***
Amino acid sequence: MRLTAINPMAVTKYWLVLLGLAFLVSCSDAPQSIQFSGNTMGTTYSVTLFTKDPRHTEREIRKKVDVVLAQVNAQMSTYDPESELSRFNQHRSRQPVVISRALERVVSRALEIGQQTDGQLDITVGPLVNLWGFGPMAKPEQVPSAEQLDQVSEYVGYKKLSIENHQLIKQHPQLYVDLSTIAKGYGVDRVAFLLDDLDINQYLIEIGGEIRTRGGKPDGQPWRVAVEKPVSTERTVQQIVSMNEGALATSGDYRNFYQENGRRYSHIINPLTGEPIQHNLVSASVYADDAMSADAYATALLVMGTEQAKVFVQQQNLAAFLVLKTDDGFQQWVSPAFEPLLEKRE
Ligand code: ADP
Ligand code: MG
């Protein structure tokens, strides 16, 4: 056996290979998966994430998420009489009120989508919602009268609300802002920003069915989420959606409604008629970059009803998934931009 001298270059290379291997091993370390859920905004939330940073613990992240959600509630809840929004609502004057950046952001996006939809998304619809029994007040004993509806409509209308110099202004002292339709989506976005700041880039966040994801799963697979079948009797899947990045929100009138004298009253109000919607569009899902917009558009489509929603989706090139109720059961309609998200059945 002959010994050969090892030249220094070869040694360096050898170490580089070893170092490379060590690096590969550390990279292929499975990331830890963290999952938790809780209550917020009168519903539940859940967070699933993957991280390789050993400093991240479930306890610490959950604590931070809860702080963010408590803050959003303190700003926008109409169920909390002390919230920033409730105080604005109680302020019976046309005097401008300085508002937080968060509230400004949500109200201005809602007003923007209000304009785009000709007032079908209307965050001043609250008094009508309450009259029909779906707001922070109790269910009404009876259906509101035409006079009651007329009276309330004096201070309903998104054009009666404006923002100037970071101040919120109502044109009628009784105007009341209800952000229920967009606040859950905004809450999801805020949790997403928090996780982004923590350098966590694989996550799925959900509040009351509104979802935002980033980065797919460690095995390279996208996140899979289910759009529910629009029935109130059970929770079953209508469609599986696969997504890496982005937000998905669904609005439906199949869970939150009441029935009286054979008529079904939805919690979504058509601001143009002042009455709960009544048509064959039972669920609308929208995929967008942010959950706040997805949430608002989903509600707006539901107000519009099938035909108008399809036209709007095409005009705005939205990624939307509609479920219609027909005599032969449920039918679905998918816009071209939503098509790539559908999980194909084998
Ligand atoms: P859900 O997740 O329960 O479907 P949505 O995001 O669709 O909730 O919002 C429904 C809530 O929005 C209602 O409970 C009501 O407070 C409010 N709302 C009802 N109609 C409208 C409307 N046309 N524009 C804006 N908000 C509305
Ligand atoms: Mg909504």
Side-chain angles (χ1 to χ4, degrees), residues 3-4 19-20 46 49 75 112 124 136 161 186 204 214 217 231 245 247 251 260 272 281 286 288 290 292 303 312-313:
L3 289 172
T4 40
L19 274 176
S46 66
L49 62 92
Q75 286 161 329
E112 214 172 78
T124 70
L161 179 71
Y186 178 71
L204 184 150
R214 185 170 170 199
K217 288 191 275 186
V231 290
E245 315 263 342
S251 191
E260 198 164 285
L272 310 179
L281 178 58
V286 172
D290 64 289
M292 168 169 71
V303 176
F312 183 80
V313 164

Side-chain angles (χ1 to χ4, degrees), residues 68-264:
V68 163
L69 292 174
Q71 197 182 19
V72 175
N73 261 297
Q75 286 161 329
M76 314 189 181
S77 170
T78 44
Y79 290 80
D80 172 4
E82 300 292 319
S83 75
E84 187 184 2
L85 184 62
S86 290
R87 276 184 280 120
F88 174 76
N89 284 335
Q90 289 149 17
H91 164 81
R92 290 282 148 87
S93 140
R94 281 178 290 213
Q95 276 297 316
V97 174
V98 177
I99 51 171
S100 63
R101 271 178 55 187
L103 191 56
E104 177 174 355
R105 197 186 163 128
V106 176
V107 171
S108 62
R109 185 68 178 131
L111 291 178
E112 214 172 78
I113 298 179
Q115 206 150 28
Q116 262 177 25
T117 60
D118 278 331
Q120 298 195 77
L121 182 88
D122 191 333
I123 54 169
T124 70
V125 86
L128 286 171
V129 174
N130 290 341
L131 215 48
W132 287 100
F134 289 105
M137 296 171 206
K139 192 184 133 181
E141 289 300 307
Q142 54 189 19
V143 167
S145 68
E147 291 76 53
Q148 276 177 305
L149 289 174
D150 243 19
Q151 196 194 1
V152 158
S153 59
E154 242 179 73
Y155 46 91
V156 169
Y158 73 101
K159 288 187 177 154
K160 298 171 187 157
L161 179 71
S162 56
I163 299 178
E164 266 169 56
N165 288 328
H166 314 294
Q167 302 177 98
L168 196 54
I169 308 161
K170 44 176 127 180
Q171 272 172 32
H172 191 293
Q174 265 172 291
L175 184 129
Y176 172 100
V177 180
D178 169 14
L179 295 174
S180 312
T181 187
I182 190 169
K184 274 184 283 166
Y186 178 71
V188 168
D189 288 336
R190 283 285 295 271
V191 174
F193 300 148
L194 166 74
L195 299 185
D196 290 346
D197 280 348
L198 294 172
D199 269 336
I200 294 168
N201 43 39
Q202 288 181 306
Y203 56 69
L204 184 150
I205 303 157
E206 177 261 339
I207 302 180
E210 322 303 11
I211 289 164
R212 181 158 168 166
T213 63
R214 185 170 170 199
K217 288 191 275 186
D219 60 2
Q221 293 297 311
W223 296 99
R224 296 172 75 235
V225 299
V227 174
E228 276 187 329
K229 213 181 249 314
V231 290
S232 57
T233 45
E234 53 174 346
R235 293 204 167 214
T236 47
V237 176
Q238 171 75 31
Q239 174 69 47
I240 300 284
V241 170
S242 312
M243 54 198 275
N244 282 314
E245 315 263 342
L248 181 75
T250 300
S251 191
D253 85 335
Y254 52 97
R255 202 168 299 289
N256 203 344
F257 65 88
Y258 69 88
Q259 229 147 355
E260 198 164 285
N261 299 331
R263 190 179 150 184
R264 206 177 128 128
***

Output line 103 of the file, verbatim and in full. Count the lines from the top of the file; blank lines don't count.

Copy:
E154 242 179 73